The lease does not cover regular maintenance, replacing tires, or replacing wear items like brake pads. In addition to the monthly lease you pay for gas, repairs, wear and tear, maintenance, and insurance. You don’t “own” the car and cannot consider it an asset. If you are in a business you might be able to “write off” some of the lease expenses.
Generally lease payments are lower per month than a regular purchase using a bank loan to finance the deal. The reason is the leasing company figures in the residual value up front and bases the monthly payment on the difference between the residual value and the cost to buy the car from the manufacturer and off course they figure in a “profit” on the transaction.
The leaser gets more car for the same monthly payment, might have to put less money “down” to get into a car, and has lower monthly payments. However you never own anything and at the end of the lease period you have to decide to buy the car, or turn it in and figure out what to do next for a car.
The biggest problems are people who sign a lease and in a few months have financial problems, marriages break up, lose jobs, etc. In these cases the penalties involved in ending the lease early are very high and this is when things get very dicey and can mean a lot of money lost.
I wish the auto makers and banks would rename leasing to what it really is: “long term rental”.
I seriously doubt they’d get that much business if they called it that, though.
If you only want a car for five years, a lot of money can be saved with a used car. Save on insurance too. I may never buy another new car and I don’t see the reason to lease one now that the fad is ended.
Years ago when companies or individuals who use to work for themselves Leasing a vehicle had some nice tax benefits. Most of those tax benefits have gone away.
The ONLY benefit I ever see with leasing is you can get into a more expensive vehicle with lower payments.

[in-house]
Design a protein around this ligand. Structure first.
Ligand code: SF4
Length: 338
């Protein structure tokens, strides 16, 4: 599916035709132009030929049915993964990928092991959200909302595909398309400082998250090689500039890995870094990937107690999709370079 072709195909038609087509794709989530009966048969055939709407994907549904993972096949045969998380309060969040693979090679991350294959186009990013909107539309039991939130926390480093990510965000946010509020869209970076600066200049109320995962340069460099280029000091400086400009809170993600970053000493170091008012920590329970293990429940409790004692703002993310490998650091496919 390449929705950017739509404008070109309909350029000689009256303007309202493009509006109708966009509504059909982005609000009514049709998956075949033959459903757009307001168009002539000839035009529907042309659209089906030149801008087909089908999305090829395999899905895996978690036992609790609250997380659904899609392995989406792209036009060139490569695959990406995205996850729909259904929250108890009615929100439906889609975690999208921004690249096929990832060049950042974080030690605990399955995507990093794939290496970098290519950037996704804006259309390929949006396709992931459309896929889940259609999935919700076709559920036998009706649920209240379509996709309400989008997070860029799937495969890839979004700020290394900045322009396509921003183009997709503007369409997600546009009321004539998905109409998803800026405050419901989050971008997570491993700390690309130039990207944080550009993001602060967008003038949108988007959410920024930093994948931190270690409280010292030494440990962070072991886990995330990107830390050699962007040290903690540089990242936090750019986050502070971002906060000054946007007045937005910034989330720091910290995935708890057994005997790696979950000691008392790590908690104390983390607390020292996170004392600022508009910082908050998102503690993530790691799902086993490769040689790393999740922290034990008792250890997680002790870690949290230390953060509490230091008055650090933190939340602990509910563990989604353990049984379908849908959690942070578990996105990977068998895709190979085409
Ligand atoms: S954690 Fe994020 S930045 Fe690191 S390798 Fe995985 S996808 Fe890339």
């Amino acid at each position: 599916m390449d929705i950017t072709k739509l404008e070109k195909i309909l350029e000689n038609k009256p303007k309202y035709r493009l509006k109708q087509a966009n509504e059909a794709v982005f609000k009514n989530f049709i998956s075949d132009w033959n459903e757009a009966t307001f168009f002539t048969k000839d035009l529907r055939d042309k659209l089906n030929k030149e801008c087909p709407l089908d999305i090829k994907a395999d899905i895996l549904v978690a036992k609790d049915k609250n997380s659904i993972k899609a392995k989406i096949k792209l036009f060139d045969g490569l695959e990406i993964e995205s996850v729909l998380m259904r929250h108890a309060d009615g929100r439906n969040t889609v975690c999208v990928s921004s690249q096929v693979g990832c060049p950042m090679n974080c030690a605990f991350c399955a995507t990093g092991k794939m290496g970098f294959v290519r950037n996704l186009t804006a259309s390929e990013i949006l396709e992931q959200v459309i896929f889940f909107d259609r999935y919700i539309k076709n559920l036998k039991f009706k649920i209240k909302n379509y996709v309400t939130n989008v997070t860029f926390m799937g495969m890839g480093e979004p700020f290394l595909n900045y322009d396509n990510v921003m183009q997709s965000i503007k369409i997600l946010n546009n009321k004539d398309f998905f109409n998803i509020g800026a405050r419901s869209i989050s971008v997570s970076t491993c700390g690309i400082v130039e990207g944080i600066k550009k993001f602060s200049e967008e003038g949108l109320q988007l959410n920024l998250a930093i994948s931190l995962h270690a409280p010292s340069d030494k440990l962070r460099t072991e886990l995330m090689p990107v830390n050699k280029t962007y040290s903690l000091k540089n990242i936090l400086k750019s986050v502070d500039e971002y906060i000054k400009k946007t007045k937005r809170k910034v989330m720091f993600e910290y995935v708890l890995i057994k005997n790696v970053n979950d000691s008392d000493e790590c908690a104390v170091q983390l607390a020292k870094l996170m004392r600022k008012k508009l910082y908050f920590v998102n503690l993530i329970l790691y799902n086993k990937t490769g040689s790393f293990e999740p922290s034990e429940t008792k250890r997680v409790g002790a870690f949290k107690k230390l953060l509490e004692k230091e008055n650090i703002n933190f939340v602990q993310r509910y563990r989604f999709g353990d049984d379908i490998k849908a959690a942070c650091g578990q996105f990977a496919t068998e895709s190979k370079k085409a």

Financially Leasing is the WORST thing you can do. I’d NEVER EVER lease.
Leases are generally good for corporate buyers, buut that’s because they become an operating expense rather that a depreciable long term asset.
For an individiual, they’re a lower monthly payment (or more car for an equal monthly payment) BUT…at the end of the lease term the company gets the car back and you have ABSOLUTELY NOTHING for all those thousands of dollars you spent. Nothing. Nada, Zip. The money has completely disappeared into someone elses pockets instead off becoming an asset for you.
And should you get a lemon you’re stuck with it. Should you discover the seats are killing your back, you’re screwed. Or should you have a minor fender bender from bumping your mailbox (or garage door edge) you CAN’T just say “aw, it ain’y worth fixin’”. You MUST fix it, or pay the price in the end.
In short, if you lease, the car is NOT yours. You need to treat it as if it were your brother-in-laws (the one that hates you) and you were paying him to let you use it.
You need to KNOW how much they charge per mile for every mile over the agreed limit…You also need to know how they define “normal wear & tear” and the penalties if they determine the wear is “abnormal”…
The lessors, THEM, could be left holding the bag on lease deals and to avoid that and ensure they make a profit legal staffs have written up contracts that anticipate every possible pratfall for them and morphs them into rainbows for them and penalties for lessees, YOU. It’s kinda like pre-filing a divorce the day before the wedding and giving your spouse everything they want and dating it 24 months in the future.